For those who follow me on twitter will know, it was recently my fiancé’s 30th. I spent a lot of time trying to work out what that one special 30th present would be. A lot of friends and family suggested an expensive bottle of champage, however he hates champagne (I know, I don’t understand it either…). However I came up with the next best thing, at least for a coffee lover anyway, Kopi Luwak.
After we had tried it, I decided it would make a great blog post. So please welcome Matt, as my resident coffee lover, he can describe it better than I could…
When talking about Kopi Luwak coffee, it’s wise to get the inescapable fact of its origin out in the open as soon as possible, so here goes: Kopi Luwak is coffee made from coffee berries which have been eaten and passed through the digestive tract of the Asian Palm Civet (a cat-like animal), somewhere in the Indonesian islands (south of China, and north of Australia).
This coffee is in short supply for export, and thus carries a premium price – in the UK it’s currently (June 2009) about £120 per kilo. Thus, you probably won’t be entirely replacing your regular blend with Kopi Luwak. I received a quarter-kilo sampler of the coffee (as beans; I grind my own coffee at home) as a 30th birthday present, and I’ve been drinking it every day for about a week now. A quarter-kilo of beans can be had for around £30, which is much more within reach as a treat for coffee-lovers.
The question everyone is probably afraid to ask is: does the flavour in any way remind you of the perhaps distasteful origins of the drink? The answer, of course, is no – there’s nothing unpleasant about this coffee, and in fact you won’t find the basic taste markedly different from a smooth medium coffee, such as one made with Ethiopian or Papua New Guinean beans.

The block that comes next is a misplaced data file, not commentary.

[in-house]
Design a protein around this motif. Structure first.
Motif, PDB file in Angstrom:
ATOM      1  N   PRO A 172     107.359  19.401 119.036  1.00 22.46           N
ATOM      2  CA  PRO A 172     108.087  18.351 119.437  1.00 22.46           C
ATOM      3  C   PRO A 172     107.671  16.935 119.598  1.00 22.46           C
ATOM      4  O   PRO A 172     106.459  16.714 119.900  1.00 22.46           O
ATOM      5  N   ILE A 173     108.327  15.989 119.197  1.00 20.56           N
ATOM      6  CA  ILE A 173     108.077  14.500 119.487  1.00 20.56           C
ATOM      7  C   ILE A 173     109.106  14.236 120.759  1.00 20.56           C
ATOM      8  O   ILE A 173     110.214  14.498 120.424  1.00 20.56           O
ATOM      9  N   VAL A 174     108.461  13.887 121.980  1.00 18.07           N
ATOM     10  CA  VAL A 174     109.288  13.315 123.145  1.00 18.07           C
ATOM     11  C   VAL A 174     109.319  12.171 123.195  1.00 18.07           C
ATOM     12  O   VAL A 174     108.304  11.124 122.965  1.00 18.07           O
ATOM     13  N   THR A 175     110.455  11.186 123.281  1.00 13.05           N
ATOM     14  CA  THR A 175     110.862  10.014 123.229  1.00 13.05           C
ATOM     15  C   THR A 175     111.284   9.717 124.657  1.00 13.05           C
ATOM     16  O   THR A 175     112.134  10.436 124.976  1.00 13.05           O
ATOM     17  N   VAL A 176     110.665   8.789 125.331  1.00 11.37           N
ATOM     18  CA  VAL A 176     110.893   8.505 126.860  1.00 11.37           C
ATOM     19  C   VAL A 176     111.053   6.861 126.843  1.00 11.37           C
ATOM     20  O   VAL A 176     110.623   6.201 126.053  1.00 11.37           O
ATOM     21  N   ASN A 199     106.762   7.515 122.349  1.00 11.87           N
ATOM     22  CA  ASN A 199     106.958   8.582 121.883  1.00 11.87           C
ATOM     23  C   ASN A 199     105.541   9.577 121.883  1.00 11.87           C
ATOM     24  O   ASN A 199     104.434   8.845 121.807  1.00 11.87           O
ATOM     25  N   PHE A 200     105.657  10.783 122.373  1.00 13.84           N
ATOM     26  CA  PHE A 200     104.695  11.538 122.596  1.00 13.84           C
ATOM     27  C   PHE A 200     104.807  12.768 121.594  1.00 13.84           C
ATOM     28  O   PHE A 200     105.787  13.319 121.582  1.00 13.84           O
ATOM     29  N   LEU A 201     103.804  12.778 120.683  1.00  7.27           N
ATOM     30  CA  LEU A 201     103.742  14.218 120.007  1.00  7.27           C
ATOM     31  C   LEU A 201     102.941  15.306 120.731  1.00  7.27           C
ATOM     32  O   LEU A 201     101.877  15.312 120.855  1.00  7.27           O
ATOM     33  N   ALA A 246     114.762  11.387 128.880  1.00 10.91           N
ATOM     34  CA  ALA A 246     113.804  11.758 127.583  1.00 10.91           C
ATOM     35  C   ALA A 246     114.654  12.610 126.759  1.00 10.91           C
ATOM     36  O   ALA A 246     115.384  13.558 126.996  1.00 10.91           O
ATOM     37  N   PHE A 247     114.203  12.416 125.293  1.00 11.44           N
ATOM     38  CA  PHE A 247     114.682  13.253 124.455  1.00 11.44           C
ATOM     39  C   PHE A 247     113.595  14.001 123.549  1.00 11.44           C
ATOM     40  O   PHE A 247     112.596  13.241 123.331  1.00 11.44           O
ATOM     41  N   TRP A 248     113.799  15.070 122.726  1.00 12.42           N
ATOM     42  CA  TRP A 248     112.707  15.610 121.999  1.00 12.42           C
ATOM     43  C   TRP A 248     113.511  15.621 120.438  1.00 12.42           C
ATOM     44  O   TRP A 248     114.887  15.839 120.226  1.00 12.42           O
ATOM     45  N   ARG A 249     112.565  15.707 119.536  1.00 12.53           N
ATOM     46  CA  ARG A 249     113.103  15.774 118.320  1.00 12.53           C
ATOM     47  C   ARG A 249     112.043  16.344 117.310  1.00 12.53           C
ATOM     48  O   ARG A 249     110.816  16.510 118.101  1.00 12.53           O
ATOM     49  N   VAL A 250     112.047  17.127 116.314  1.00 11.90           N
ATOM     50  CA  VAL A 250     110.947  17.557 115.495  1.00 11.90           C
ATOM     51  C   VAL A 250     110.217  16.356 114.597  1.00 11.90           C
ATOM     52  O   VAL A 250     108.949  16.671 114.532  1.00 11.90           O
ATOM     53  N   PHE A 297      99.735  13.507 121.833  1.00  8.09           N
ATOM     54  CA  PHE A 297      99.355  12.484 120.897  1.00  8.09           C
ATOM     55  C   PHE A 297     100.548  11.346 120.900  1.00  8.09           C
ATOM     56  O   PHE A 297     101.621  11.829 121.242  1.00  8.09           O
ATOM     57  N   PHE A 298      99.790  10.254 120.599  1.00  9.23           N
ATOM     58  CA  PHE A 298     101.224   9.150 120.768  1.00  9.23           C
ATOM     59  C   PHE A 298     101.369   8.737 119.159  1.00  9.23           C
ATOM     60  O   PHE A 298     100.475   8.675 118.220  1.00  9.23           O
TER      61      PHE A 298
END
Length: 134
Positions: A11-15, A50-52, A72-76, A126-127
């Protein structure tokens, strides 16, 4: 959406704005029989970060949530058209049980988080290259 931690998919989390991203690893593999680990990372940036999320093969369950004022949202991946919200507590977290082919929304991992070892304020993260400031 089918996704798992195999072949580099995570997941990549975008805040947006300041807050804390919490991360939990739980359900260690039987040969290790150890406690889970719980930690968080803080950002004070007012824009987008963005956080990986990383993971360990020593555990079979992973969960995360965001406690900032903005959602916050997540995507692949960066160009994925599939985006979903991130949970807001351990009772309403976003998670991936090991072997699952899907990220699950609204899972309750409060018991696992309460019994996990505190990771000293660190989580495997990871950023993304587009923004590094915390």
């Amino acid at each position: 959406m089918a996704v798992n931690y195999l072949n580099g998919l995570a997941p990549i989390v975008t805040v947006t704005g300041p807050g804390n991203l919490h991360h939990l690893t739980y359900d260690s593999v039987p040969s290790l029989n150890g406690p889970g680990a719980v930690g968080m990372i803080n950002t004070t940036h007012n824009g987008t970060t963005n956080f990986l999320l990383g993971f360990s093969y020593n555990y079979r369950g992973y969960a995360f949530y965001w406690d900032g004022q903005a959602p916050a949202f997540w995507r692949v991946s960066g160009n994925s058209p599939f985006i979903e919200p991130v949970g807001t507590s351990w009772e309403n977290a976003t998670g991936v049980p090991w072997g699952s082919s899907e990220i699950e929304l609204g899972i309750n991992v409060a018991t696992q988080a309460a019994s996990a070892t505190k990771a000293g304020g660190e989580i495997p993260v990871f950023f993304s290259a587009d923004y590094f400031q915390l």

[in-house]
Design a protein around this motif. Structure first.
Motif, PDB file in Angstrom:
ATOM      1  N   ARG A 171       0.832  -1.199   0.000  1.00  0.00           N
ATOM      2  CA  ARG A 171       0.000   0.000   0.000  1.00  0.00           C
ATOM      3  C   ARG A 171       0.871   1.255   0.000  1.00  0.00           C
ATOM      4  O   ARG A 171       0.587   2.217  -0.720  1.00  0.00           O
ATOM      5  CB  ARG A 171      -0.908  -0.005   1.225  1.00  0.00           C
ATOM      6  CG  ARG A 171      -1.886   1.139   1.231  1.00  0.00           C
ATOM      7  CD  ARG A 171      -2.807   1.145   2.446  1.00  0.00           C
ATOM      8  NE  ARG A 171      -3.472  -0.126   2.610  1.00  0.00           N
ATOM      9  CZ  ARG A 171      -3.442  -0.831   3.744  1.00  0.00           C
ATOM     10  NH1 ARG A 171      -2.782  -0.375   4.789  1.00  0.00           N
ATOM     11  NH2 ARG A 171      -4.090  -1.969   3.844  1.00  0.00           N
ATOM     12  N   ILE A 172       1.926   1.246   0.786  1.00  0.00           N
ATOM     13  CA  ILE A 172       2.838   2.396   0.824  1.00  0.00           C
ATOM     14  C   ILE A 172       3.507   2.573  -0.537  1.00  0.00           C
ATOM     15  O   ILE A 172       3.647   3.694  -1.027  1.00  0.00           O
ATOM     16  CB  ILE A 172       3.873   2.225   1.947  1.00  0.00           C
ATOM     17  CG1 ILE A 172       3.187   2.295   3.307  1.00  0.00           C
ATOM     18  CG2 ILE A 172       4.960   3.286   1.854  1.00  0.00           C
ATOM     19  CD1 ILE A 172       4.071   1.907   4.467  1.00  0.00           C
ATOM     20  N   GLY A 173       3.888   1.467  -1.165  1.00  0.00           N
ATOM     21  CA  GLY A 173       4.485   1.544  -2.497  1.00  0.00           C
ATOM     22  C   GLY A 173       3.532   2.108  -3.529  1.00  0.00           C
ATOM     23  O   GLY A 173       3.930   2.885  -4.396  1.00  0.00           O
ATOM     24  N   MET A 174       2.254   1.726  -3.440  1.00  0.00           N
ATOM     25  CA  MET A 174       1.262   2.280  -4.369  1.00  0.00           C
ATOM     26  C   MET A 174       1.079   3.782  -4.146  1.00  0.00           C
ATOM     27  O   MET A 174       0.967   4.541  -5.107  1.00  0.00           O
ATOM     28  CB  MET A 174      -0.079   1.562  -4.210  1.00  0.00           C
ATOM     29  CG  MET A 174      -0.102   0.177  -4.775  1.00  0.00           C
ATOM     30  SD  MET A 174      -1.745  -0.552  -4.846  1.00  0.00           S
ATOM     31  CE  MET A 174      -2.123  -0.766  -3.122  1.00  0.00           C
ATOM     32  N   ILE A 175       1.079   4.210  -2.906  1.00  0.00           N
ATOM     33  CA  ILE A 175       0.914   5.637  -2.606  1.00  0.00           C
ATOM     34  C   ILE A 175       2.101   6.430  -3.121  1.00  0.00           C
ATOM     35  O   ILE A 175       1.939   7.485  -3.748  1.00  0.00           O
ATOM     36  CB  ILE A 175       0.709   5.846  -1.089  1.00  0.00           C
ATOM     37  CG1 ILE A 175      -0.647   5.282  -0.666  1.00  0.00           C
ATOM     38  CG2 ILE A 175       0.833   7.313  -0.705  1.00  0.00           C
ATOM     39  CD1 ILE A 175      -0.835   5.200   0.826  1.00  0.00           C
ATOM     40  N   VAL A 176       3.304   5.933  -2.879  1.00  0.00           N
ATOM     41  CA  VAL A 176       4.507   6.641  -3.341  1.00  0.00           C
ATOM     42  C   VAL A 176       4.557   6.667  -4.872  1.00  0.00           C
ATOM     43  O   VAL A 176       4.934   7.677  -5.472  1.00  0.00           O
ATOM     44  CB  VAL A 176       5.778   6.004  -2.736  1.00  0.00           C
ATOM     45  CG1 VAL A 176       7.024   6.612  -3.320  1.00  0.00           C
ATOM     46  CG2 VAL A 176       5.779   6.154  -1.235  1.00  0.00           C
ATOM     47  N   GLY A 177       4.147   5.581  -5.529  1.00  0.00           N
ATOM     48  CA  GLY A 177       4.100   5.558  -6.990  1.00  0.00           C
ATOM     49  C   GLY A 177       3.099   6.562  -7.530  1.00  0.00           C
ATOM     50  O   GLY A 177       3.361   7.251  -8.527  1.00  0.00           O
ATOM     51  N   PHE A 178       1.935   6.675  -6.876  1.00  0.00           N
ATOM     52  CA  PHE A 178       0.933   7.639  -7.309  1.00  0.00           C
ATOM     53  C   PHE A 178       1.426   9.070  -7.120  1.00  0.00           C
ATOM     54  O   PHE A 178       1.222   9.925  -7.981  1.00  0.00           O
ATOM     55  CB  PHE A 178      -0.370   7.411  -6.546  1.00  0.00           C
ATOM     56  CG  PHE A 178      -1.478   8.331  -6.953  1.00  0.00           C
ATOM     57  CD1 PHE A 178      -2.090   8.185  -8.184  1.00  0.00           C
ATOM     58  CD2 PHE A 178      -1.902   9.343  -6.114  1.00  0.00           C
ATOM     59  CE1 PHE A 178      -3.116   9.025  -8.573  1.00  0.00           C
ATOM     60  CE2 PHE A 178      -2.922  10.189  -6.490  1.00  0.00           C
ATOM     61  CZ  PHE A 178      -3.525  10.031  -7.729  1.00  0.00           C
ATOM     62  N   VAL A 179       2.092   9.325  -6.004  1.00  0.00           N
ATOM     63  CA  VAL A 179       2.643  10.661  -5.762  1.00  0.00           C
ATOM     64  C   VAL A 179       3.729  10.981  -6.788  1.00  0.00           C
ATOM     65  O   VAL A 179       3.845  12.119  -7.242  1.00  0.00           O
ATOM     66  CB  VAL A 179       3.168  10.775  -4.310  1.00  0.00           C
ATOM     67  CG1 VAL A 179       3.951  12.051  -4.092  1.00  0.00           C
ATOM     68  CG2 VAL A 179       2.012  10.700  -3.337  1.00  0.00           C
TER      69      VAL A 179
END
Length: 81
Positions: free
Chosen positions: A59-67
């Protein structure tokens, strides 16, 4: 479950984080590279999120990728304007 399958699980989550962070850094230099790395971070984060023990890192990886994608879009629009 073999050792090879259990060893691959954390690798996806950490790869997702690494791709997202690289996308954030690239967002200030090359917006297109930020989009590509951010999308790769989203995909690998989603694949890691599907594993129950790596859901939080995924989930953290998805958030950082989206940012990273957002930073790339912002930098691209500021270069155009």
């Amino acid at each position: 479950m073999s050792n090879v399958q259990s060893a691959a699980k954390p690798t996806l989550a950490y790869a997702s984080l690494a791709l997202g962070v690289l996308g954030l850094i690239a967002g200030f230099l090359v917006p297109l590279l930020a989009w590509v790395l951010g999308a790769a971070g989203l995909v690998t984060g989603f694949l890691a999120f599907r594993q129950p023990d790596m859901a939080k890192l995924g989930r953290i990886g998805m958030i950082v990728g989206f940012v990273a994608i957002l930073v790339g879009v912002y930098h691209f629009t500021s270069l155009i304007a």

The relatively mellow flavour is interesting, since Indonesian coffees in general tend to have a stronger and richer taste, similar to Colombian coffee, but Kopi Luwak is a notable exception. If you prefer smoother coffee but have previously shied away from Indonesian or Sumatran blends, you won’t have a problem with Kopi Luwak (and conversely, if your preferred taste is very strong/rich or acidic coffees, you may want to skip this one).
That’s all well and good, but what does the unique production process actually bring to the flavour? You’ll notice it moments after taking your first sip: this coffee has a practically undetectable aftertaste. There’s no bitterness or astringency in the throat; absolutely none whatsoever. If you find you have to ration your filter coffee intake because the aftertaste is unpleasant or because you get headaches (or that you like coffee-flavoured things but not coffee itself so much), Kopi Luwak may be extremely well-suited to you.
As with any quality filter coffee, enjoy Kopi Luwak hot but not kept-warm (the flavour will become increasingly burnt after more than about 5 minutes sitting on a warming plate), and of course without milk, sugar or artificial sweeteners.
Kopi Luwak coffee is certainly a unique experience, remarkably easy to drink, and I’d say it’s definitely worth the price of admission at least once. Just be sure your bank balance can cope if you do develop a taste for it.